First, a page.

There is no right answer to the question of what pasture to grow. Many dryland farmers in the South Island are now working out that the only way they can make money off irrigation is to consider it an investment for their children or grandchildren or to only use it strategically to finish their lambs. Most full conversions go into dairy sooner or later and even they struggle if they have paid too much for the water. Where only limited irrigation is available it is likely to be hugely beneficial to assist finishing your own stock - provided you can manage irrigated pastures with lambs – this has its own challenges compared with a dryland system.

Lucerne is probably the highest yielding pasture under irrigation but how to irrigate changes. The economics of each stock class will vary over time but one option is to continue with a breeding flock and finishing more lambs on lucerne while buying in bulls. This mixed livestock system is being successfully implemented on many dryland properties we are involved with. The advantage is bulls are more gentle on the plant and can be easily sold if things go dry. Most people who have irrigation spread it over a larger area than can be fully irrigated at all times so again the lucerne helps due to its deeper taproot and ability to maintain growth for longer in between irrigation events. It has a longer return rate than pasture because of the depth of root.

In irrigated systems (or those where rain is adequate for growth) the key to yield is actually nitrogen not water.  So if you grow grass you will need to apply over 400 kg N/ha to maximise yield.

As a guideline to help:
Lucerne will produce roughly 25 kg of DM per mm of water per hectare that it uses (Note: this is water used by the plant not water applied – the efficiency of this relative to water applied will depend on the irrigation system, drainage etc.). So if you have 1.0 ha and it uses 200 mm of irrigation it will grow an extra 5.0 t DM/ha compared with what you are currently growing. This calculation assumes you have summer dry conditions that restrict pasture growth for at least 6 weeks of the year.  Because lucerne is a legume it is seldom nitrogen deficient so it uses that water relatively efficiently. You can expect a similar response from a ryegrass pasture if you irrigate but it will need at least 400 kg N/ha to get that type of response as it can’t fix nitrogen from the atmosphere.  In high yielding regions the amount of N required to maximise yield is economically and environmentally prohibitive. We’ve shown both a ryegrass and cocksfoot based pasture at Lincoln under irrigation required 600 to 800 kg N (not urea) per hectare in total. So, in a cut and carry system, to fully utilise your water with pasture you would need to apply over 1 t/ha of urea. Check out the results for cocksfoot (Mills et al. 2006) and ryegrass pastures (Black & Murdoch, 2013) published by the New Zealand Grassland Association.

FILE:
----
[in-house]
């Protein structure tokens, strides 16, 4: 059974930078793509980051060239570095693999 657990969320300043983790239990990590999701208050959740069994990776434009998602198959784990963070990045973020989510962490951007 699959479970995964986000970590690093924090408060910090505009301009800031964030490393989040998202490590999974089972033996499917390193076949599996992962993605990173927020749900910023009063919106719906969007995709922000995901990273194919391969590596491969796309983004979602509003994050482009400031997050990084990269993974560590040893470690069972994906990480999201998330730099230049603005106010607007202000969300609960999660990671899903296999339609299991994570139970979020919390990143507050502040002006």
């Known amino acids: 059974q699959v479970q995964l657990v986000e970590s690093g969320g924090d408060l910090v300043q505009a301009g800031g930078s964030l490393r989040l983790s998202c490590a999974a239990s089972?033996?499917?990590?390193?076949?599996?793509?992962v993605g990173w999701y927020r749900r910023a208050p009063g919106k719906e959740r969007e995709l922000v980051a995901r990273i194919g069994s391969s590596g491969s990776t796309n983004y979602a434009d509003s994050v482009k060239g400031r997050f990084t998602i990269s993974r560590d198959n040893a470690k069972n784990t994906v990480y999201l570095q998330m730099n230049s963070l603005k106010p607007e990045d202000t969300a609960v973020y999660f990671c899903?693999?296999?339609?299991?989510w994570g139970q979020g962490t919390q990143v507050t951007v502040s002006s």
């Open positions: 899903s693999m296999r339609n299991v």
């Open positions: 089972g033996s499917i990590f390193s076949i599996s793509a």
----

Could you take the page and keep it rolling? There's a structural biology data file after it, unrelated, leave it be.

Our research has shown that grasses can use water as efficiently as lucerne but need a lot more N than is currently applied (or is permitted to be applied) to do that. All irrigated dairy farms in Canterbury are nitrogen deficient - every spring you can see the effects with urine patches prominent in the paddocks. The key factor limiting growth is not the water - it is the nitrogen. So the addition of irrigation water to pasture by itself is actually not helpful. Water added to resident pasture is likely to produce about 8 kg DM/ha/mm used. The grass is usually nitrogen deficient all year. When the canopy of the pasture is closed, N deficient grass and grass pastures non-limited by N deficiency use the water at the same rate. However, the pasture with sufficient N will grow twice as much dry matter as the N deficient grass pasture. So a fully N fertilised grass pasture (which you won’t be allowed) can also give you 25 kg DM/ha/mm of water used.

In Canterbury calculations for water allocation are done on the basis of 20 kg DM/ha/mm of water used. This would be for a well fertilised ryegrass/white clover pasture. But there is little white clover in most Canterbury pastures so many farmers just add urea as it’s easier. The cost of nitrogen is directly related to the cost of natural gas so if natural gas price goes up so does the cost of urea.

In work here at Lincoln we found:

  • 6 t DM/ha per year for dryland cocksfoot – (eight year old 'Wana' stand)
  • 10 t DM/ha/yr for the same pasture but fully irrigated (wouldn’t cover the costs of conversion). This increased yield 66% compared to the dryland unfertilised cocksfoot.
  • 15 t DM/ha/yr for the same pasture but fully N fertilised. No irrigation applied and yield was increased 1.5 times more than the dryland pasture and 50% more than by only applying irrigation to an N deficient system (which is why we push legumes including lucerne so hard for dryland farmers).
  • 22 t DM/ha/yr for the same pasture with full water and full nitrogen – cocksfoot grew as much as ryegrass. The yield was more than double that of the pasture getting only irrigation.